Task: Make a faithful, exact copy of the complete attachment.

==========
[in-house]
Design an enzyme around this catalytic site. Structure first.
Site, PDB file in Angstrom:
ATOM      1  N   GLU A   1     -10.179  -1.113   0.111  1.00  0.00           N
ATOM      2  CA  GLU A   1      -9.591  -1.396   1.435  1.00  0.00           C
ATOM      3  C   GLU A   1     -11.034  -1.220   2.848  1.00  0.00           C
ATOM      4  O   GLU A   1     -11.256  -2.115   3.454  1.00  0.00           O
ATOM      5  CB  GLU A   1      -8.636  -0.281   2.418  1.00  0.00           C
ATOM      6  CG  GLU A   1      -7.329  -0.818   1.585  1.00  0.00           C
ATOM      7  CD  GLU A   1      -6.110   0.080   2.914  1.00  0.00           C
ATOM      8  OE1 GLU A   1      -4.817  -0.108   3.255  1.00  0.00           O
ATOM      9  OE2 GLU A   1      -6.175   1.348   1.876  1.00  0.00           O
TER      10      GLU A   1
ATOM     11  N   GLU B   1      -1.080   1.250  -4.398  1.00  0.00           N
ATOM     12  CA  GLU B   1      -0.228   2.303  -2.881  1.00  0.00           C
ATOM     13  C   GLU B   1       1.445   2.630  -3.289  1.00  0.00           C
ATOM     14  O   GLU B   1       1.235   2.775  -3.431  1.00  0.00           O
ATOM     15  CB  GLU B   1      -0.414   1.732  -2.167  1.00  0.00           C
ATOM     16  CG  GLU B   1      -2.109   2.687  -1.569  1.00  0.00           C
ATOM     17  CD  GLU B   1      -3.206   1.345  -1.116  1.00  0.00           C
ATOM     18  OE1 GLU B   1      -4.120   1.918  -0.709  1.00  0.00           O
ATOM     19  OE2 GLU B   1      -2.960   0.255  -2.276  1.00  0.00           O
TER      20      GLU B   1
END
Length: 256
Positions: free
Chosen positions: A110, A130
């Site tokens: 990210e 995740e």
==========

[in-house]
Design an enzyme around this catalytic site. Structure first.
Site, PDB file in Angstrom:
ATOM      1  N   GLU A   1     -10.179  -1.113   0.111  1.00  0.00           N
ATOM      2  CA  GLU A   1      -9.591  -1.396   1.435  1.00  0.00           C
ATOM      3  C   GLU A   1     -11.034  -1.220   2.848  1.00  0.00           C
ATOM      4  O   GLU A   1     -11.256  -2.115   3.454  1.00  0.00           O
ATOM      5  CB  GLU A   1      -8.636  -0.281   2.418  1.00  0.00           C
ATOM      6  CG  GLU A   1      -7.329  -0.818   1.585  1.00  0.00           C
ATOM      7  CD  GLU A   1      -6.110   0.080   2.914  1.00  0.00           C
ATOM      8  OE1 GLU A   1      -4.817  -0.108   3.255  1.00  0.00           O
ATOM      9  OE2 GLU A   1      -6.175   1.348   1.876  1.00  0.00           O
TER      10      GLU A   1
ATOM     11  N   GLU B   1      -1.080   1.250  -4.398  1.00  0.00           N
ATOM     12  CA  GLU B   1      -0.228   2.303  -2.881  1.00  0.00           C
ATOM     13  C   GLU B   1       1.445   2.630  -3.289  1.00  0.00           C
ATOM     14  O   GLU B   1       1.235   2.775  -3.431  1.00  0.00           O
ATOM     15  CB  GLU B   1      -0.414   1.732  -2.167  1.00  0.00           C
ATOM     16  CG  GLU B   1      -2.109   2.687  -1.569  1.00  0.00           C
ATOM     17  CD  GLU B   1      -3.206   1.345  -1.116  1.00  0.00           C
ATOM     18  OE1 GLU B   1      -4.120   1.918  -0.709  1.00  0.00           O
ATOM     19  OE2 GLU B   1      -2.960   0.255  -2.276  1.00  0.00           O
TER      20      GLU B   1
END
Length: 256
Positions: free
Chosen positions: A110, A130
């Site tokens: 990210e 995740e």